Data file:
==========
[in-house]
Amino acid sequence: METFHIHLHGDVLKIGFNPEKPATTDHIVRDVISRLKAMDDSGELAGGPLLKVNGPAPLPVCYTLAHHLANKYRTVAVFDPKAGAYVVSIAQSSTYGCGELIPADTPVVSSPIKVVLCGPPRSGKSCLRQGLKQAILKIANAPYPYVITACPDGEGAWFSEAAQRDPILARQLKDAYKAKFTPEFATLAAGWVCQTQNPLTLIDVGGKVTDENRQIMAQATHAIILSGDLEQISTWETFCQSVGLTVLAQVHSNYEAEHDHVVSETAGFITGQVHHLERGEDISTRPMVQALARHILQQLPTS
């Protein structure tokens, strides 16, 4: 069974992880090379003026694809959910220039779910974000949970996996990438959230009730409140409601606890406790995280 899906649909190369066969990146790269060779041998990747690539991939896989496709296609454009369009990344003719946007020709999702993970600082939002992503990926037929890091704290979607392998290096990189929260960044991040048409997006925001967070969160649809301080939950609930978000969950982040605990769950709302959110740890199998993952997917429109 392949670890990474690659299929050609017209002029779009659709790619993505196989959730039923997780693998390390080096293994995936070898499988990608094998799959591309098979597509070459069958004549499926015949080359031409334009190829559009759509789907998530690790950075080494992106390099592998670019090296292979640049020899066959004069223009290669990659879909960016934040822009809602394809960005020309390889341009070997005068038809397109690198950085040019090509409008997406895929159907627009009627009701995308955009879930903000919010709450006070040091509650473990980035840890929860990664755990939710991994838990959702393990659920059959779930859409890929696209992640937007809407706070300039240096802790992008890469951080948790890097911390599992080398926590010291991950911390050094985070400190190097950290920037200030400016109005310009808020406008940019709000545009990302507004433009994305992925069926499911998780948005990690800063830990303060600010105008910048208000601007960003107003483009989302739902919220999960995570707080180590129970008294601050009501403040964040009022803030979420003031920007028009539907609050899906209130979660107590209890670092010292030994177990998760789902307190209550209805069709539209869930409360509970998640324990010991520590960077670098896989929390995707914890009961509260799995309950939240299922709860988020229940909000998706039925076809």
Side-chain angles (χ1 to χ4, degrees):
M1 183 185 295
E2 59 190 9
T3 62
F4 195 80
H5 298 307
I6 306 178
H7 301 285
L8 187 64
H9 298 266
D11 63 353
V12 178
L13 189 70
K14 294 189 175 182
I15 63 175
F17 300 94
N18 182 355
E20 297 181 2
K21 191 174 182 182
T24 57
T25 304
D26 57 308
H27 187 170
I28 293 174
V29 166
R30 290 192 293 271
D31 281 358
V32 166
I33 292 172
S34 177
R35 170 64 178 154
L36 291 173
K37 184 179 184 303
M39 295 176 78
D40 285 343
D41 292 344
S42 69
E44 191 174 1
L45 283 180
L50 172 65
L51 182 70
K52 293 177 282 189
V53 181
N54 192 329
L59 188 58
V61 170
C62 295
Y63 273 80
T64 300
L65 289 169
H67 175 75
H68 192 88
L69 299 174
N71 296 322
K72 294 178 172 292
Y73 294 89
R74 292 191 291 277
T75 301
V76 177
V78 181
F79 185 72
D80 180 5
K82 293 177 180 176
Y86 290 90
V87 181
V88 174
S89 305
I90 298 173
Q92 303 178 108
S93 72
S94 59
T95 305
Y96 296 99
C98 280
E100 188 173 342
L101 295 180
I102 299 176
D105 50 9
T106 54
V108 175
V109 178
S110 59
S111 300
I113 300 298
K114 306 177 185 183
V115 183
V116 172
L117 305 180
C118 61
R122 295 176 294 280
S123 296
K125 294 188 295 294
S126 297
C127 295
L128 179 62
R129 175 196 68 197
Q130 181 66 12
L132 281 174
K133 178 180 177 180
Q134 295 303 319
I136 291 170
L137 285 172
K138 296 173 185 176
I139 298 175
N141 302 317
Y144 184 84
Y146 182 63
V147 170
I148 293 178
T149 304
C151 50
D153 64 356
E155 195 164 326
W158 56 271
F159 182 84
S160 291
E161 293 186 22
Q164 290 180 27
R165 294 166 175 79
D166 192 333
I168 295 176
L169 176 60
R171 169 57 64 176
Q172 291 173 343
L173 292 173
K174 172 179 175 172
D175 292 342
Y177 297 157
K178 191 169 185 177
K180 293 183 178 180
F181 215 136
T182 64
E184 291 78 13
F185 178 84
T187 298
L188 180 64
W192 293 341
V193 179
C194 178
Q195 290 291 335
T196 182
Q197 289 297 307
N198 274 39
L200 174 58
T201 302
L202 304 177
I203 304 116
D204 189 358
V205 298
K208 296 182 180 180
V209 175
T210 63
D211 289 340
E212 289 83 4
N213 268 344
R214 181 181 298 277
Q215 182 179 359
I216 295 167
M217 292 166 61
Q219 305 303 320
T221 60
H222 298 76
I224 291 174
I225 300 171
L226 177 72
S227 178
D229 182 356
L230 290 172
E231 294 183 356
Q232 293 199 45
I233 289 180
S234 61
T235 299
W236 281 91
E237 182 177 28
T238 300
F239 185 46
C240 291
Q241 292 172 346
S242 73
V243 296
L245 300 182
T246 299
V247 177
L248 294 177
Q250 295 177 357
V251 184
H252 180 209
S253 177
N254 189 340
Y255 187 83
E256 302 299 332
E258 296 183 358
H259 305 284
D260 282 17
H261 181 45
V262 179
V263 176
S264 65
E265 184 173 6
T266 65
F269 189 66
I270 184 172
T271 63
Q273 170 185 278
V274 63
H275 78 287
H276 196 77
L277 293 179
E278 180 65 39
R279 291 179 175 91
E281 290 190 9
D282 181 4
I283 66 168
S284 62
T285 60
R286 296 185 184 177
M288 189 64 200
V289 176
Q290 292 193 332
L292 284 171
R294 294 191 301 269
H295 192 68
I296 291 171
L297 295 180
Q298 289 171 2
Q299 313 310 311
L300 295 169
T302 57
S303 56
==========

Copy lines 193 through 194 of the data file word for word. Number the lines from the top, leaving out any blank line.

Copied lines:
N254 189 340
Y255 187 83